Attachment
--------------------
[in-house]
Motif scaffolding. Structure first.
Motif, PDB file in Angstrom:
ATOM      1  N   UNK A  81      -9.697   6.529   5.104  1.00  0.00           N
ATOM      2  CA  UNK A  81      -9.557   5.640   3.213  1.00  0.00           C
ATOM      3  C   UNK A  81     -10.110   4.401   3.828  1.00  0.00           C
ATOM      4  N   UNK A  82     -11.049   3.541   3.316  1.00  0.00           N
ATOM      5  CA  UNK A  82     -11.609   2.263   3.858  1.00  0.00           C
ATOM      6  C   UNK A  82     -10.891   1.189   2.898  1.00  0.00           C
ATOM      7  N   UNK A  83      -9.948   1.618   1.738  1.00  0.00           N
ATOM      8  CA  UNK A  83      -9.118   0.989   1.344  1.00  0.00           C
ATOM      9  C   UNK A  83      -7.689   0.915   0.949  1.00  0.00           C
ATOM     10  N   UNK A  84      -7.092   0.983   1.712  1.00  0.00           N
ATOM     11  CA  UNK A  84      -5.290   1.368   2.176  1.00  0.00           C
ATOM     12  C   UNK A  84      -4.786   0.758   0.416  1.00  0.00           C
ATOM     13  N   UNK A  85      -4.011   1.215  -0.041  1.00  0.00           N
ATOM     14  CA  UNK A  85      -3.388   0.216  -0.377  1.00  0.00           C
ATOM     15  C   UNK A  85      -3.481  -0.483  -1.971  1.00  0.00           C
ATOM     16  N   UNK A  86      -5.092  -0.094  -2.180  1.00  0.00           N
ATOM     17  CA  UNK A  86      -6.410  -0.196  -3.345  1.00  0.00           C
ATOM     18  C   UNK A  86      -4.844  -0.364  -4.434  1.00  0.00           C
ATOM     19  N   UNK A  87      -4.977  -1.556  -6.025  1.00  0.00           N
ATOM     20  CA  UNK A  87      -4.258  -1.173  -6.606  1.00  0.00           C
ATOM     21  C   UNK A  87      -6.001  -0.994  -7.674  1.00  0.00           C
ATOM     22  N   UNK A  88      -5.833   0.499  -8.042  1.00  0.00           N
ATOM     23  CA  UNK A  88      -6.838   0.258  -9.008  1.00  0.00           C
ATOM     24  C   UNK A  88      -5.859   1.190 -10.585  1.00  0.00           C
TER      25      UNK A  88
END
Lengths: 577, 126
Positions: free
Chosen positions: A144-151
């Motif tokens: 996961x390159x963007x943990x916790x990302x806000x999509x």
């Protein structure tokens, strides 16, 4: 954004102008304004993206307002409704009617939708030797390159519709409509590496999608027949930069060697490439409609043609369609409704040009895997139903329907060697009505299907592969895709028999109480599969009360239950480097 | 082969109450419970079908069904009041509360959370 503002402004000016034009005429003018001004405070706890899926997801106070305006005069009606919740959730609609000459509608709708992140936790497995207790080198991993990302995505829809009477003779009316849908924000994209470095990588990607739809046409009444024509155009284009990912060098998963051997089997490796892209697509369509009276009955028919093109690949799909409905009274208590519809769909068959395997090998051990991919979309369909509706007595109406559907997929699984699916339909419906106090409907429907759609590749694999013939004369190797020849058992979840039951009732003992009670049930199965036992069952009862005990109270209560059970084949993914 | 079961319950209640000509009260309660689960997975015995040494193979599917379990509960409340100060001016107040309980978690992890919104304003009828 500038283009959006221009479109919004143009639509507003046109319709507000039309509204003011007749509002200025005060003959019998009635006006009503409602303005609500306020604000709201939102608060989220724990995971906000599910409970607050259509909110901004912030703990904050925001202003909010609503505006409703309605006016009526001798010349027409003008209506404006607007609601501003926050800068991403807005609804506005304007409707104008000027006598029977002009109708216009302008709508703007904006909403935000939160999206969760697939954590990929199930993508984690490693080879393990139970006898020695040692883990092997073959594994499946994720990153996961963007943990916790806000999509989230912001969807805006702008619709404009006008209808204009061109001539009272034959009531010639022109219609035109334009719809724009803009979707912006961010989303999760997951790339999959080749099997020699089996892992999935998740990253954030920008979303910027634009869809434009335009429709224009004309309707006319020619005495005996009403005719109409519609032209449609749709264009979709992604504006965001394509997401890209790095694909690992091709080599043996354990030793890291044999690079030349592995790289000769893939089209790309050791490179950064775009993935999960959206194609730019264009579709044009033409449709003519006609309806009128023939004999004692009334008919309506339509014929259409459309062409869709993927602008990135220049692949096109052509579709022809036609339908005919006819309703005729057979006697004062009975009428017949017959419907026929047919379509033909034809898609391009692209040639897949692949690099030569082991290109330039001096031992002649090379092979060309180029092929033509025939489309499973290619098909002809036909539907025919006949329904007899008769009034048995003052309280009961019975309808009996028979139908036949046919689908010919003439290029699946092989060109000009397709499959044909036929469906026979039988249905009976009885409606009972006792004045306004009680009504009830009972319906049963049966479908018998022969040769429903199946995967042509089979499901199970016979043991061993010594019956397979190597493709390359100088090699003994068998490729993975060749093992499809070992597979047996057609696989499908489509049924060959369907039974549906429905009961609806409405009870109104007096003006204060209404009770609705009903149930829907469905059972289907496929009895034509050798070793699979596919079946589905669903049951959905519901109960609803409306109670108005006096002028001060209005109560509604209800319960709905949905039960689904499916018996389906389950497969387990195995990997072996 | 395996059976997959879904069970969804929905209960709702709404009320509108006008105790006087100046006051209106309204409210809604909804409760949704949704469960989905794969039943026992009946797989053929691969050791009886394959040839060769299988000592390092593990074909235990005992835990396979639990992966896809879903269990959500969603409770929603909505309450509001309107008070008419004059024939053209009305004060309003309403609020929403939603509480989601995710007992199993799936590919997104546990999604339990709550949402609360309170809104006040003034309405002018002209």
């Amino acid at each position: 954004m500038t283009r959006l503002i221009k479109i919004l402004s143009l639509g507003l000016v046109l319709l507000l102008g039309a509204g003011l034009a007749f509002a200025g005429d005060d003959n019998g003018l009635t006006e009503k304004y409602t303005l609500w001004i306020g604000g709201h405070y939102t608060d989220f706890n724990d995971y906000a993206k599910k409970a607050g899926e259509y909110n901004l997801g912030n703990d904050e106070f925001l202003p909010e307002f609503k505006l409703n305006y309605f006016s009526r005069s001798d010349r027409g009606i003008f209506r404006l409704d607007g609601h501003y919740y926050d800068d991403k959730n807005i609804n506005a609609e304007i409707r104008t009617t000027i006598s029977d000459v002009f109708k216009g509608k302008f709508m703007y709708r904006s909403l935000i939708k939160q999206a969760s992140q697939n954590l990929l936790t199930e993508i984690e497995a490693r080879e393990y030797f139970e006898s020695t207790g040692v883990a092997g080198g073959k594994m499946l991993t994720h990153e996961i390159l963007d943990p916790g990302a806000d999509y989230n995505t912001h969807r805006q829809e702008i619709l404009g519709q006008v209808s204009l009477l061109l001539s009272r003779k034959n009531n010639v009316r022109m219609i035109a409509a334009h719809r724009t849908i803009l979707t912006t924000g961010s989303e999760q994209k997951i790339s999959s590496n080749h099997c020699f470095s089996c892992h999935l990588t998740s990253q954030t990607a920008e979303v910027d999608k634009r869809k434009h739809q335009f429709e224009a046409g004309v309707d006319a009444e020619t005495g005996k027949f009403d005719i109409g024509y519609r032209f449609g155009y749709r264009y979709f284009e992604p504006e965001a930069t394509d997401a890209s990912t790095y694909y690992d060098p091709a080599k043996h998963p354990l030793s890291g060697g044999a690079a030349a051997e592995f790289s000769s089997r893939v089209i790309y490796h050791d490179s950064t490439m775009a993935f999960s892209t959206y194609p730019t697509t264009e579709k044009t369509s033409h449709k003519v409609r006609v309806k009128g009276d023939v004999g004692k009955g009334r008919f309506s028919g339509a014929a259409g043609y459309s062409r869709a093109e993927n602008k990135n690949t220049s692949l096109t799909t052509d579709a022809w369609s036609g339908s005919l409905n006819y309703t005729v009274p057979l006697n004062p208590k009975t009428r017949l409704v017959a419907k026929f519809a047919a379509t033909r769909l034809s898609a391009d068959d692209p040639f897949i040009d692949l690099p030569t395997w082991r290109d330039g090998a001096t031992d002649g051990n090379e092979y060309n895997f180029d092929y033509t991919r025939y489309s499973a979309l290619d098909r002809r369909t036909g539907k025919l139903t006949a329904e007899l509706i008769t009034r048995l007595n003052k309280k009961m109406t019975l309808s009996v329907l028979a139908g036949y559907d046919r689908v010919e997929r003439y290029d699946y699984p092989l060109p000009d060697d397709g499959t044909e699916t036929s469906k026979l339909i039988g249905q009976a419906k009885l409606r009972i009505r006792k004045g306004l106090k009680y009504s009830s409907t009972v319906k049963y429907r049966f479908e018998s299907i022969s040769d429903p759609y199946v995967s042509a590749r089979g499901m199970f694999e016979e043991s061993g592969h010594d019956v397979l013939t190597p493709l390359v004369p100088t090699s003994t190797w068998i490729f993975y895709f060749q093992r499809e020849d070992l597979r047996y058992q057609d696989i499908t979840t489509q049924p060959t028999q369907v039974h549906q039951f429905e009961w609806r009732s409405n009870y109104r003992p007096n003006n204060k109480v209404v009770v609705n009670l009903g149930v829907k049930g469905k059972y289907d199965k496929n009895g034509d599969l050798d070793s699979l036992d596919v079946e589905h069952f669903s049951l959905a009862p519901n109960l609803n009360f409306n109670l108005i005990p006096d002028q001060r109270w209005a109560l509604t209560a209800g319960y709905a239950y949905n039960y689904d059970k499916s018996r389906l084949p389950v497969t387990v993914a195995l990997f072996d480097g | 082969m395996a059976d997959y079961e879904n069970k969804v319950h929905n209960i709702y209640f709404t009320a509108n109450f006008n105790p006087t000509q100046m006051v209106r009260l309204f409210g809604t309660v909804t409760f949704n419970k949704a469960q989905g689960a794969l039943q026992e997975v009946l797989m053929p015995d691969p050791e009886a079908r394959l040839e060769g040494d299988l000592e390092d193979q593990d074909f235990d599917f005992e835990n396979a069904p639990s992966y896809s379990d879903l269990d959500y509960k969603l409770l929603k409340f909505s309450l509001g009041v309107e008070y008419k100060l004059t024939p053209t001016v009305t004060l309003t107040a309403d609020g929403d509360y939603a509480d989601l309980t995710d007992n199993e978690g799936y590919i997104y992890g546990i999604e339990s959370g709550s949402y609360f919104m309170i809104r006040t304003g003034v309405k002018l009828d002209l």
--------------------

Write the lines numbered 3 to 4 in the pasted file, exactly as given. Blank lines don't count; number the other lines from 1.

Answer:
Motif, PDB file in Angstrom:
ATOM      1  N   UNK A  81      -9.697   6.529   5.104  1.00  0.00           N